PBL were separated from heparinized or EDTA whole blood by Ficoll densitiy gradient centrifugation and stimulated for different time intervals using a mixture of phorbol 12-myristate 13-acetate (PMA; final concentration in medium: 10 ng/ml; Sigma Aldrich, Munich, Germany) and ionomycin (1 μg/ml; Sigma Aldrich, Munich, Germany) in RPMI medium containing 10 % FCS, L-Glutamin, and Penicillin/ Streptomycin (all from Invitrogen Gibco, Paisley, Scotland) as described previously .
Determination of different PBL subsets
PBL subsets were determined as described previously [2, 5]. For analysis of determinants on the cell surface, PBL were incubated with fluorochrome-labelled monoclonal antibodies against CD3, CD4, CD25, CD28, CD62L, CD95, CD119, CD127, CD152, CD154, CD178, CD252, HLA-DR, and CD183 (CXCR3) (all from BD Biosciences). Intracellular determinants were stained with fluorochrome-labelled monoclonal antibodies against Foxp3, IFNγ (clone B27), IL4, IL10, Granzyme B, Perforin, T-bet (all from BD Biosciences), Helios (ebioscience, Frankfurt, Germany) and TGFß1 (R&D systems, Wiesbaden). Briefly, PBL were incubated with combinations of monoclonal antibodies for 30 min as described and eight-color fluorescence was analyzed using a FACSCanto II triple-laser flow cytometer (BD Biosciences) [2, 5]. When, in addition, intracellular proteins were studied, cell membranes were permeabilized using BD Perm/Wash buffer (BD Biosciences). At least 100,000 events were analyzed in the initial FSC/SSC dot plot. IFNγ monoclonal antibody used for cell separation (BD clone 4S.B3) and IFNγ monoclonal antibody used for cell staining (BD clone B27) were not competitive (data not shown).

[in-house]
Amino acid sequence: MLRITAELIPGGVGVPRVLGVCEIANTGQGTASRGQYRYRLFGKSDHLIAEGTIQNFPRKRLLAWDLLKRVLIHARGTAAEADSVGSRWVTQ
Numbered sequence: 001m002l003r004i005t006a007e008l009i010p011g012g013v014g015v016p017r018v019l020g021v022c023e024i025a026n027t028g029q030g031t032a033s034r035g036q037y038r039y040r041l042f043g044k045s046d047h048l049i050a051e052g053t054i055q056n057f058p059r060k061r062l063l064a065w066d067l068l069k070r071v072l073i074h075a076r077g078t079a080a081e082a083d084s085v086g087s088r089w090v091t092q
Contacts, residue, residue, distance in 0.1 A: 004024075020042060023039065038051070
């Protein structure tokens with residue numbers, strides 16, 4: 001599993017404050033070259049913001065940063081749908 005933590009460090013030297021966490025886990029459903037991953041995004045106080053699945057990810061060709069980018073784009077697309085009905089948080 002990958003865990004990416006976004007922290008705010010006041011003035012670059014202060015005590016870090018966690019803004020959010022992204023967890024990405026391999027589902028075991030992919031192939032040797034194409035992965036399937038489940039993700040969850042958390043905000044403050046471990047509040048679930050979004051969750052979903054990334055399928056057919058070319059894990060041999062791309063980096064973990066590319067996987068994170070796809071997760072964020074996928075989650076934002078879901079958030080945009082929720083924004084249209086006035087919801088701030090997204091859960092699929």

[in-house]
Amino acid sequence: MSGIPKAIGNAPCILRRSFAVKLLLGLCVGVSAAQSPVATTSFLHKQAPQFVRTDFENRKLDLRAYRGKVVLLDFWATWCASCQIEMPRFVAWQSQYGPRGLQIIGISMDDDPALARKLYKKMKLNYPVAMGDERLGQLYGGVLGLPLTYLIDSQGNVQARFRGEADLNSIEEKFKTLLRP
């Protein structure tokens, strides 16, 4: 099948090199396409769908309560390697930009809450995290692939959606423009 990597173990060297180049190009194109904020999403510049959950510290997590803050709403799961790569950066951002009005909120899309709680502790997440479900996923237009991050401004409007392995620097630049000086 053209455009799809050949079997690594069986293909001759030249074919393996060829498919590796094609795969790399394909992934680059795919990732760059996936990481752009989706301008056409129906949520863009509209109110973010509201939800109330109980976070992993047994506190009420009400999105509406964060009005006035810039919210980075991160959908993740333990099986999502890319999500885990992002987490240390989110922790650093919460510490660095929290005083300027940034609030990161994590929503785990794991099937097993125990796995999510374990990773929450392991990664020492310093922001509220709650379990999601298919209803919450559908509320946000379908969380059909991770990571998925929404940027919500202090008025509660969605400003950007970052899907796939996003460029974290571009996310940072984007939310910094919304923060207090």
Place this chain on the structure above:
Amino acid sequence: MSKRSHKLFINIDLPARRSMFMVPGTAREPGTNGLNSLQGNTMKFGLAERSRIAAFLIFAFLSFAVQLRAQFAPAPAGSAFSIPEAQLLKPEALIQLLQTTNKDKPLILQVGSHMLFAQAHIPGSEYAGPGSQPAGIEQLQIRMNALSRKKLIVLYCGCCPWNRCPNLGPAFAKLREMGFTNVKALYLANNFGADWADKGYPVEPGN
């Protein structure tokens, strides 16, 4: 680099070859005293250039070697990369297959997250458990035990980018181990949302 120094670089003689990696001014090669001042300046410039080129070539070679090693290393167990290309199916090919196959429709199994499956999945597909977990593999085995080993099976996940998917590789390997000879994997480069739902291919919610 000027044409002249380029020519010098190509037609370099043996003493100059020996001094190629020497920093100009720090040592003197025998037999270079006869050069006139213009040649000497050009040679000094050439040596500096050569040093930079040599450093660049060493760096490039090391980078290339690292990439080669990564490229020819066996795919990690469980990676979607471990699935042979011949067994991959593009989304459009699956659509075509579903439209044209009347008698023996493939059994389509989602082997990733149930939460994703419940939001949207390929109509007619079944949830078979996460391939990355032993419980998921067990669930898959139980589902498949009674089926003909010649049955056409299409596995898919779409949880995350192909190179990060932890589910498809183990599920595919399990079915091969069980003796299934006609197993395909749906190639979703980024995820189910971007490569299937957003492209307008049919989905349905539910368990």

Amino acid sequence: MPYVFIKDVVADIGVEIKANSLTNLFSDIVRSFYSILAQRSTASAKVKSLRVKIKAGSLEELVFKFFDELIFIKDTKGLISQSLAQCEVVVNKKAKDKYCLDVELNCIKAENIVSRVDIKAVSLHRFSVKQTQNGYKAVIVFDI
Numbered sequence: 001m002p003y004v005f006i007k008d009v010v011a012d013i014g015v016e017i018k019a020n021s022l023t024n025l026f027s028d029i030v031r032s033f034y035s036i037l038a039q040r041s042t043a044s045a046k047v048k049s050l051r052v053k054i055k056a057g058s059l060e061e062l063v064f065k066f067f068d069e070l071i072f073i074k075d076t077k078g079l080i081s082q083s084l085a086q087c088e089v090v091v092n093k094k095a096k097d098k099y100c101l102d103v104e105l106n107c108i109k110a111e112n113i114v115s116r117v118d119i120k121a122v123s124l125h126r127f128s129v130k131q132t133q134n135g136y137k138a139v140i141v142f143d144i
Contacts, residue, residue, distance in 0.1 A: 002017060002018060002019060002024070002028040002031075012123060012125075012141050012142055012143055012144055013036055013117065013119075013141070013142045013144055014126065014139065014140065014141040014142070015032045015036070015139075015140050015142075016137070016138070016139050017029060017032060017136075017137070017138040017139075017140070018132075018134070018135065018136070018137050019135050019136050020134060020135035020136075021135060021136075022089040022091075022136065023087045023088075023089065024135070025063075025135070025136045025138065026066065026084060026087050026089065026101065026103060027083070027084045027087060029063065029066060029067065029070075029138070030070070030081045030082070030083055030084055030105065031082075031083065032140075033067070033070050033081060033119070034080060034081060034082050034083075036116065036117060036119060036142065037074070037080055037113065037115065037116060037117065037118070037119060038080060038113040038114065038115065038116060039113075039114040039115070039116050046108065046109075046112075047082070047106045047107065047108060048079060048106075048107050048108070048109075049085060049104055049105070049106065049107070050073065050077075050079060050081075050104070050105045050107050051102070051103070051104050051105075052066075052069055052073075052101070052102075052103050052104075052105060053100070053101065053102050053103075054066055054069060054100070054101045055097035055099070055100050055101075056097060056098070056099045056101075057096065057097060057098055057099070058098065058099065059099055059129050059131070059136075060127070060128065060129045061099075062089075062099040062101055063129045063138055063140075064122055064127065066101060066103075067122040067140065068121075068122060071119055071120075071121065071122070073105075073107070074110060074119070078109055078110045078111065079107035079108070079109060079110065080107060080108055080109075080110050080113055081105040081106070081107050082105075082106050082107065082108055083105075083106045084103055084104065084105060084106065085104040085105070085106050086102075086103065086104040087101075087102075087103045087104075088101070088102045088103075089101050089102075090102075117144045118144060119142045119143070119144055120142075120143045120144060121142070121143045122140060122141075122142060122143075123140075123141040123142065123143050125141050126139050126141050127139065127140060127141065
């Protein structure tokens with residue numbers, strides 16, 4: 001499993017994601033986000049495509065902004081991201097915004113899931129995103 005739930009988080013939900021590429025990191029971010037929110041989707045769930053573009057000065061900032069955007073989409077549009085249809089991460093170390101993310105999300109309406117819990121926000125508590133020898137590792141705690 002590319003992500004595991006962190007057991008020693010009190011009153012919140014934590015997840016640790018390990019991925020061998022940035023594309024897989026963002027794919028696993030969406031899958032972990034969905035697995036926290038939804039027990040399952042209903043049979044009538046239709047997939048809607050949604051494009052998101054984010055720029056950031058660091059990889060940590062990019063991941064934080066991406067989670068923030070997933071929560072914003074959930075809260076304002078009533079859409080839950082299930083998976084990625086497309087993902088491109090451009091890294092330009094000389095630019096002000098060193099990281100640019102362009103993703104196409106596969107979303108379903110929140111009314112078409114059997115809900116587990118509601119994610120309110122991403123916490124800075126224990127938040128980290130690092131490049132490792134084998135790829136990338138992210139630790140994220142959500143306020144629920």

Enrichment of CD4+CD25+CD127-IFNγ+ Treg
Using this procedure, CD4+CD25+CD127-IFNγ+ Treg were enriched by >80 %. CD4+ and CD25+ PBL were subsequently separated by positive selection using Strep-Tactin magnetic Microbeads (IBA, Göttingen, Germany) according to the instructions of the manufacturer. Briefly, 4 μl Fab-Strep were mixed with 1 μl Buffer IS. Then, 15 μl from the homogeneously resuspended Strep-Tactin Magnetic Microbeads were added to the Fab-Strep solution and incubated overnight at 4 °C. The pre-incubated Fab-Strep Microbead preparation was added to the cells and mixed gently for 20 min at 4 °C. Then, 5 ml of buffer IS were added to the cell/bead preparation. Magnetically labelled cells were separated by placing the tube for 3 min onto the StrepMan magnet. Negative cell fraction was removed with the supernatant whereas the positive cell fraction was flushed off the tube by resuspension in 5 ml buffer IS. Magnetic selection was repeated twice. Labelled cells were resuspended in 10 ml of a 1 mM D-biotin working solution and incubated for 10 min at room temperature. Then, tube was placed on the StrepMan magnet for 3 min and supernatant containing the target cell fraction was pipetted off the tube and transferred to another tube. The last step was repeated twice. Cells were centrifuged by 400 g for 10 min and resuspended in buffer. Using this procedure, CD4+ and CD25+ PBL were enriched. Then, CD127- PBL were separated by negative selection and IFNγ+ PBL were separated by subsequent positive selection, as described previously . First, cells were incubated with CD127 monoclonal antibody (BD Biosciences, Heidelberg, Germany). Then, CD4+CD25+CD127− were separated from CD4+CD25+CD127− using streptavidin-coupled beads (Dynabeads Biotin Binder, Invitrogen, Dynal Oslo, Norway) according to the instructions of the manufacturer. Procedure was repeated using IFNγ monoclonal antibody (BD Biosciences, Heidelberg, Germany, IFNγ clone 4S.B3). Separated PBL were added to cell cultures.